National Poetry Month: Poems About Music, Day 23 of 30

Triolet on a Line Apocryphally Attributed to Martin Luther

By A. E. Stallings

Why should the Devil get all the good tunes,
The booze and the neon and Saturday night,
The swaying in darkness, the lovers like spoons?
Why should the Devil get all the good tunes?
Does he hum them to while away sad afternoons
And the long, lonesome Sundays? Or sing them for spite?
Why should the Devil get all the good tunes,
The booze and the neon and Saturday night?


A few notes: a triolet is a form of 8 lines with only 2 rhymes.

Of that “Devil has the best tunes” quote…I’ve found it hard to run down, and hadn’t heard it associated with Martin Luther, but rather with an English cleric defending the right to use popular tunes in religious contexts (a practice that goes back centuries). Predictably, Terry Prachett has a fun twist on it: “It is said that the Devil has all the best tunes. This is broadly true. But Heaven has the best choreographers.” There’s quite the work exchange between both parties when it comes to the arts.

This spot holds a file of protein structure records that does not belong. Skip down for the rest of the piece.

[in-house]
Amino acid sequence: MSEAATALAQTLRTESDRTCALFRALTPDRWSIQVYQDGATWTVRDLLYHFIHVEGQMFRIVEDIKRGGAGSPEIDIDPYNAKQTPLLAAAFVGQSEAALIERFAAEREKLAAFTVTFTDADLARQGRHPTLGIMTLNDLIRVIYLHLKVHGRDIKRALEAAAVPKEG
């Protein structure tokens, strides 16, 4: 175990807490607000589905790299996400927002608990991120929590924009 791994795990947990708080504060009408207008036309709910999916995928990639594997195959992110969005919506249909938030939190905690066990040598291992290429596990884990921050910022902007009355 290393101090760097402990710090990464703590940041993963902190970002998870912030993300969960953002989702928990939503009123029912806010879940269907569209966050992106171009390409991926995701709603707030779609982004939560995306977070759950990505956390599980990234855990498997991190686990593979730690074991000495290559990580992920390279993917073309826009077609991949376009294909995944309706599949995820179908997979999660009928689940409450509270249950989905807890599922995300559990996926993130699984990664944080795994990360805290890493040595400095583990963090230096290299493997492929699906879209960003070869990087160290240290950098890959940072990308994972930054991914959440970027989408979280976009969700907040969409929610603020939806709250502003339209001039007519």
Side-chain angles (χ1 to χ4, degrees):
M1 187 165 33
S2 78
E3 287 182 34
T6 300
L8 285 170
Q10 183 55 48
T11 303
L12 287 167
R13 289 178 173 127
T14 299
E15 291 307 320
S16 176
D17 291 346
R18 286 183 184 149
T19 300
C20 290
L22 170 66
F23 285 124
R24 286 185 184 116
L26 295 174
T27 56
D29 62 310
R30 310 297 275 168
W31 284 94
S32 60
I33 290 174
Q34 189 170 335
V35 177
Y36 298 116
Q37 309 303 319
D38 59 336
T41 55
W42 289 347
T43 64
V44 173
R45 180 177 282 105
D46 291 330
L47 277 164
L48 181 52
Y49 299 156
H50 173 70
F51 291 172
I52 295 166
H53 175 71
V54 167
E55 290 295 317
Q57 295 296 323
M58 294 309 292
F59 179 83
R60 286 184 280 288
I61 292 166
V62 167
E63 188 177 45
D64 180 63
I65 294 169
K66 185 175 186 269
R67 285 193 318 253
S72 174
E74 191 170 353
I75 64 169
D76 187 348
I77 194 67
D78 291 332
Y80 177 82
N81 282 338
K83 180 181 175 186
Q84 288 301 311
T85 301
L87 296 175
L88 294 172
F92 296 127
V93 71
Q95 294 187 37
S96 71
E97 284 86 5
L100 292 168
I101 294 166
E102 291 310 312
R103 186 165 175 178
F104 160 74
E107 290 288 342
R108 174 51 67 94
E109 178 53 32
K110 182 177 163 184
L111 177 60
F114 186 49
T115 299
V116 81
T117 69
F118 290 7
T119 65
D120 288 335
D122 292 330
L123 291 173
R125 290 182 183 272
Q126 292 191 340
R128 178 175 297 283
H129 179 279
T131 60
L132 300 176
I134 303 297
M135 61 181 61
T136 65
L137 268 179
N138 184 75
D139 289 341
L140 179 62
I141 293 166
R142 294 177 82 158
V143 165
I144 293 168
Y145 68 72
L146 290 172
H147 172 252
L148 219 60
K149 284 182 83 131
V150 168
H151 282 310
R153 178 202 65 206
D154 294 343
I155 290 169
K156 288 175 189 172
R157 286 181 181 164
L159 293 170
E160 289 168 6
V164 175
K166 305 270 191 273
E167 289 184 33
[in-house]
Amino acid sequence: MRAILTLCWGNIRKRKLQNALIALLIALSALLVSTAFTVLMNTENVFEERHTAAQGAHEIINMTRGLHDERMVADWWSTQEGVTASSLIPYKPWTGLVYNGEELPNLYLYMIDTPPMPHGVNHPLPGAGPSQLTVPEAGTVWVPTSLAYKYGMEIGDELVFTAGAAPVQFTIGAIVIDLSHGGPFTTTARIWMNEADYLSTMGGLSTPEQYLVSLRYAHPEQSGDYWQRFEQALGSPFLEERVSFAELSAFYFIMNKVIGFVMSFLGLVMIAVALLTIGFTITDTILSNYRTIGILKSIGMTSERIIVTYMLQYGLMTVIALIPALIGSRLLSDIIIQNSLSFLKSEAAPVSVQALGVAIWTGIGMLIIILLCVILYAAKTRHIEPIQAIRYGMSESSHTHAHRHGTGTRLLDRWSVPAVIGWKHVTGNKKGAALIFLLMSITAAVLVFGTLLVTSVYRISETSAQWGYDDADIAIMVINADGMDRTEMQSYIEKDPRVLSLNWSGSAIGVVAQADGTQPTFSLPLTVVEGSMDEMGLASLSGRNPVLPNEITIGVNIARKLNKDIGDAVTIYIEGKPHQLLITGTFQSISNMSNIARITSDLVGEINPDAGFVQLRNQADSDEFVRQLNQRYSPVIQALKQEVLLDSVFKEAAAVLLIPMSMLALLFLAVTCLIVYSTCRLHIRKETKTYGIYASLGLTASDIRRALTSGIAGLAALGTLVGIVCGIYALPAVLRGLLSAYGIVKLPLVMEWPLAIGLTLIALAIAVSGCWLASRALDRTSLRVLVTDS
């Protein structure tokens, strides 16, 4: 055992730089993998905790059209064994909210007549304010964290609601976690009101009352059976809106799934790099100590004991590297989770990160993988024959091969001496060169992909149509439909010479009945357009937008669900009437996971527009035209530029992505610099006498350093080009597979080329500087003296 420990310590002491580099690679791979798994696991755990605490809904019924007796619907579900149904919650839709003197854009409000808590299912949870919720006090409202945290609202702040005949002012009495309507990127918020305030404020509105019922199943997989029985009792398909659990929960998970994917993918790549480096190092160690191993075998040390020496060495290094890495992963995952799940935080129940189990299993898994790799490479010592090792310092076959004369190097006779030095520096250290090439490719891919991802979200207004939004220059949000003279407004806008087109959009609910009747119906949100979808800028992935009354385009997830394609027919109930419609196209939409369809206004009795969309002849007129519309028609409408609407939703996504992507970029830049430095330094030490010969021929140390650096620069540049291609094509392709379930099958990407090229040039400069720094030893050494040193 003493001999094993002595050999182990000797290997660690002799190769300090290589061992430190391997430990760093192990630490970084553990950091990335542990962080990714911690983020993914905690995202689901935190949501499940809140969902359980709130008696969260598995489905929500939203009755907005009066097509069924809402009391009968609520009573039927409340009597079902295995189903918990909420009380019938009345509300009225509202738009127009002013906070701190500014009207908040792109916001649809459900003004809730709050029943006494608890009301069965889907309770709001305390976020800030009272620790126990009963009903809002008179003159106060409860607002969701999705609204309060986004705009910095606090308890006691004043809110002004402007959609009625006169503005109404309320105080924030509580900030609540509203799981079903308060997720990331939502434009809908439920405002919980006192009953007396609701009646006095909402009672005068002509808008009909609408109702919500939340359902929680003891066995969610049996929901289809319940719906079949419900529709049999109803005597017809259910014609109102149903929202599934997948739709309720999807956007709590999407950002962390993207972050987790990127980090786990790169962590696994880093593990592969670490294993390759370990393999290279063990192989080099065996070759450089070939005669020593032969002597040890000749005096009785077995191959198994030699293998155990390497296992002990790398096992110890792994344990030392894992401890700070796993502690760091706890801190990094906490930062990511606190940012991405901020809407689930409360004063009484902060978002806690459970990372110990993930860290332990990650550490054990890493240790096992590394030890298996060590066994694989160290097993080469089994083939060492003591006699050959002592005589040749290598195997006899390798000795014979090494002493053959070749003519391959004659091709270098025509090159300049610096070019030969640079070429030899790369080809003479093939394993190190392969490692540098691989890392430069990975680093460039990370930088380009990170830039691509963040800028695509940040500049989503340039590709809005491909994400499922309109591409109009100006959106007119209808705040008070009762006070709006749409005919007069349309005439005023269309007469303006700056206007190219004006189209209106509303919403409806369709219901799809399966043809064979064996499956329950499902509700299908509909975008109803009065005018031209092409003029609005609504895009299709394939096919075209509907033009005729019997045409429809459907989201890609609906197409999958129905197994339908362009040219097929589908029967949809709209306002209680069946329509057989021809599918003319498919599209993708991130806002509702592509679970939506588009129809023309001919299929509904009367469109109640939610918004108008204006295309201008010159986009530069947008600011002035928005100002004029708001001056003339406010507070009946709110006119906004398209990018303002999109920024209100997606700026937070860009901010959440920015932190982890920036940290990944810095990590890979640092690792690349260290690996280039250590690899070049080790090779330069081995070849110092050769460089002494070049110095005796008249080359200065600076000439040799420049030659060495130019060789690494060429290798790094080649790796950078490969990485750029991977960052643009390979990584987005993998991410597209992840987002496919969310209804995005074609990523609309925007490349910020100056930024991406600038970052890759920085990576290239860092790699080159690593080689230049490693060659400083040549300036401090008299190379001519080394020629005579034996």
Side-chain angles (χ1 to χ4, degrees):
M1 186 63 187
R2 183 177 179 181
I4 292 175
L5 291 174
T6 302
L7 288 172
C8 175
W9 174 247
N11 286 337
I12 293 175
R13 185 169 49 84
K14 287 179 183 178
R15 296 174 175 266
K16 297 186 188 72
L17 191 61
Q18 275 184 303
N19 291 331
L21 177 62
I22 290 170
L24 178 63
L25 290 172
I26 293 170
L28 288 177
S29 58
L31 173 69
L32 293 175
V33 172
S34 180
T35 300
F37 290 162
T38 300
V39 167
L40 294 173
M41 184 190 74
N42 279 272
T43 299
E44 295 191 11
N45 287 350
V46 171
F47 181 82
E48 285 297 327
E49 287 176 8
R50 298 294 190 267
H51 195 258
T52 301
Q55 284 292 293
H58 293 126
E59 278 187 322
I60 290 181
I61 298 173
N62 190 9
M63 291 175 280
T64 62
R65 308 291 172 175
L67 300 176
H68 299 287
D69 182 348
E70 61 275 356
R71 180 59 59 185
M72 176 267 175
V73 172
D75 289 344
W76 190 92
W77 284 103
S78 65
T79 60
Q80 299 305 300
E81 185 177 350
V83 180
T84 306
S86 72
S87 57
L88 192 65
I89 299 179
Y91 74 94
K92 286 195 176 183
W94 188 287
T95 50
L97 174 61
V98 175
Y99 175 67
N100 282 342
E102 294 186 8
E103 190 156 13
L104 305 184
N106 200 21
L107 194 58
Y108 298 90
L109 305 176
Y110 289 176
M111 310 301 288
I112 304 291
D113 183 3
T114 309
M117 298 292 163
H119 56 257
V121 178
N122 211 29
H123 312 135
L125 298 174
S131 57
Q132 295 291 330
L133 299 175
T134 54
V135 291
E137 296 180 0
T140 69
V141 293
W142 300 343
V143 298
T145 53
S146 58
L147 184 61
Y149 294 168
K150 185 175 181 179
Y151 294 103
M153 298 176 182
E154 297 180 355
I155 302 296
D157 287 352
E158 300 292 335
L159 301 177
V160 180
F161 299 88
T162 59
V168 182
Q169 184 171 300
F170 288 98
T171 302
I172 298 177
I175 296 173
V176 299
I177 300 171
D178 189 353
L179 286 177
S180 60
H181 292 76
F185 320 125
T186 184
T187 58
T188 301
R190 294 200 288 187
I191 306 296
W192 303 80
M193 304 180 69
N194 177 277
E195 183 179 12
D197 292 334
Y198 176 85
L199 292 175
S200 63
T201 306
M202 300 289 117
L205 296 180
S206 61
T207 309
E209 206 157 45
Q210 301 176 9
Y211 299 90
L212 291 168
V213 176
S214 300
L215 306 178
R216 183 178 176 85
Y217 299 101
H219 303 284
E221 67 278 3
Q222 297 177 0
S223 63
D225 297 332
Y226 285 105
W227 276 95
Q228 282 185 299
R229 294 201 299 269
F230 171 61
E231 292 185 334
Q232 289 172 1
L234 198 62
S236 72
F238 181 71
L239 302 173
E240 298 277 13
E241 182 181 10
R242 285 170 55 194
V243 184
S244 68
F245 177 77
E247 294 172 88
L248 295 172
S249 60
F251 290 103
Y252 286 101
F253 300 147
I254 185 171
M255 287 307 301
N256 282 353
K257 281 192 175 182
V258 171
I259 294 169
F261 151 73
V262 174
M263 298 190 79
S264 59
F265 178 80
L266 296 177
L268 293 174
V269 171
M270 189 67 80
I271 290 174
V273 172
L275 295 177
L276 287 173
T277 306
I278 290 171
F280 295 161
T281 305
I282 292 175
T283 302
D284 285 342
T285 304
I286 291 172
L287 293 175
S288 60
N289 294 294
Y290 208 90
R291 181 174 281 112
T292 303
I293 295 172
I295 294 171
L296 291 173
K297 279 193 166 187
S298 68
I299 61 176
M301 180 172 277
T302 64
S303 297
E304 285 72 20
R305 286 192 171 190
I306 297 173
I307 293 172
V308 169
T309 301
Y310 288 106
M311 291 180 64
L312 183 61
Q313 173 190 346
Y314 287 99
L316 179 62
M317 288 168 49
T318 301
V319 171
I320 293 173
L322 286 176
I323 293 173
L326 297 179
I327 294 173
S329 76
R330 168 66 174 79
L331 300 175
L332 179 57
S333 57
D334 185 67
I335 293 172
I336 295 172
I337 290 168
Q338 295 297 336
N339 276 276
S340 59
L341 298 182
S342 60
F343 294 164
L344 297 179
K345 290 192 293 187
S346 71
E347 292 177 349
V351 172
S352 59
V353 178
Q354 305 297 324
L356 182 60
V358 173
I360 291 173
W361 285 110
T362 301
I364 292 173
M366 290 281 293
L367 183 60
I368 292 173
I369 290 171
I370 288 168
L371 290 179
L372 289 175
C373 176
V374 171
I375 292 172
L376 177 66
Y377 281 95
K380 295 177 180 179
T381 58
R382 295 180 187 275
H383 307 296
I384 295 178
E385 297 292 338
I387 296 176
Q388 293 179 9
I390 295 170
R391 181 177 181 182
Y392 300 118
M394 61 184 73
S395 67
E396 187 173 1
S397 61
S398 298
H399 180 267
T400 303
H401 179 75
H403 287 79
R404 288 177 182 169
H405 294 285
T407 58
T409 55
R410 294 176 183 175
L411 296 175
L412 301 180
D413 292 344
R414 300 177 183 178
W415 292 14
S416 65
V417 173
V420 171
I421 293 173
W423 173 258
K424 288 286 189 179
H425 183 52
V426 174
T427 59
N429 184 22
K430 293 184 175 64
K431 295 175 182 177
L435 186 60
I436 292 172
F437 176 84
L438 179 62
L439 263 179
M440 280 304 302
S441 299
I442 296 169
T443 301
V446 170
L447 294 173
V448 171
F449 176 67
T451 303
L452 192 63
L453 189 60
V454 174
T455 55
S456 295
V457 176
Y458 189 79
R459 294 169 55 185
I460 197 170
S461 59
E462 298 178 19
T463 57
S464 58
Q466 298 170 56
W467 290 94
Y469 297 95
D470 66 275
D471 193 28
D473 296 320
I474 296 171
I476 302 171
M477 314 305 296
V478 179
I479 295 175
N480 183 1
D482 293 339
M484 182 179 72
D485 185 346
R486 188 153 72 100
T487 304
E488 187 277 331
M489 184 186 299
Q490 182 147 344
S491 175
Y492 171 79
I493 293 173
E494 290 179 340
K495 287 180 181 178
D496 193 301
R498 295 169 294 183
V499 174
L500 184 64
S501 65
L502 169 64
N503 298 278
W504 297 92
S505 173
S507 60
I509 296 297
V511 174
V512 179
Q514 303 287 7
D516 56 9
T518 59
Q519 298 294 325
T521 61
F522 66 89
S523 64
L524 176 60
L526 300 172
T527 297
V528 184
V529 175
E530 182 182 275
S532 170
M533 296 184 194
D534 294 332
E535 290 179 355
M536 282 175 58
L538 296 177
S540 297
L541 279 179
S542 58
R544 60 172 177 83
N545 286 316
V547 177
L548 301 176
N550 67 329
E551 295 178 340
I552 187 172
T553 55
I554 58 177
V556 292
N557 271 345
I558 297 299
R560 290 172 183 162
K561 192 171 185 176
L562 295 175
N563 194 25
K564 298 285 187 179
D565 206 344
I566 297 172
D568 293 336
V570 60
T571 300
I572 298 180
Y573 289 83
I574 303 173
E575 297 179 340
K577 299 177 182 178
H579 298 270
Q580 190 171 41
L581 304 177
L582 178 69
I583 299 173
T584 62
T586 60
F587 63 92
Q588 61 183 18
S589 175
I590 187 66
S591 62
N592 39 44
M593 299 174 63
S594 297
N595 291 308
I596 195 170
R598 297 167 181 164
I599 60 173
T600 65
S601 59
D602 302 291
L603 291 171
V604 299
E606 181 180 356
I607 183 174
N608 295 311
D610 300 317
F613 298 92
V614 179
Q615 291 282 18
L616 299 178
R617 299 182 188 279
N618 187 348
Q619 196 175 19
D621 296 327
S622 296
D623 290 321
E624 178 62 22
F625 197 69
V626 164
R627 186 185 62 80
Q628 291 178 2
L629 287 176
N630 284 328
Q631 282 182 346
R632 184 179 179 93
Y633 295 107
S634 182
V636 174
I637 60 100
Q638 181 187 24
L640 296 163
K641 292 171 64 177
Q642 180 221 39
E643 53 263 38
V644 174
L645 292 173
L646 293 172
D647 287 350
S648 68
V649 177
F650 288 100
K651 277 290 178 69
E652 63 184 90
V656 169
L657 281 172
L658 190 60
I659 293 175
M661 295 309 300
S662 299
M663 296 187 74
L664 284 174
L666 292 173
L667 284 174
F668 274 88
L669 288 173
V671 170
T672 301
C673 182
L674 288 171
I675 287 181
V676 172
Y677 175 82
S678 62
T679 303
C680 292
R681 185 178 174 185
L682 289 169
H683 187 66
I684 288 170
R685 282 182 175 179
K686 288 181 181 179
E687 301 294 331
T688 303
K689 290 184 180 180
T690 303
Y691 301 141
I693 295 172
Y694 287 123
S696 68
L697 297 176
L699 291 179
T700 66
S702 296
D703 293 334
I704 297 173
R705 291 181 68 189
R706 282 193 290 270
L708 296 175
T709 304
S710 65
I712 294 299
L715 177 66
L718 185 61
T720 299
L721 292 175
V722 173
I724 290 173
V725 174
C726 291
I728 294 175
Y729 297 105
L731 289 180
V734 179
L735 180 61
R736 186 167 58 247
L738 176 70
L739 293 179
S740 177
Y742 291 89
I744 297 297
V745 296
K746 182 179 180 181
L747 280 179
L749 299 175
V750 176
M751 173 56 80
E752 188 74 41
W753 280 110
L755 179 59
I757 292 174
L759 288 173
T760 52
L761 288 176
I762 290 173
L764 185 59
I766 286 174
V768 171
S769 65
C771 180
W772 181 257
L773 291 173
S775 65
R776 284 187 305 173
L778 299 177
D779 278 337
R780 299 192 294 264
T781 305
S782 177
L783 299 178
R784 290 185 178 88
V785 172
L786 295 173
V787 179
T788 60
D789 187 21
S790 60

In any case, the tunes+devil thing is a cue for Liszt, considered demonic in his own time (as was Paganini, and in fact anybody whose level of musical virtuosity seems unexplainable.) Here is the Mephisto Waltz No. 1, played by the Baden-Baden Radio Symphony Orchestra with an exciting lack of restraint (plangent open strings, big crescendos, barely controlled frenzy.) This was written to accompany a stage version of Faust, and also exists in a ferocious piano solo version.

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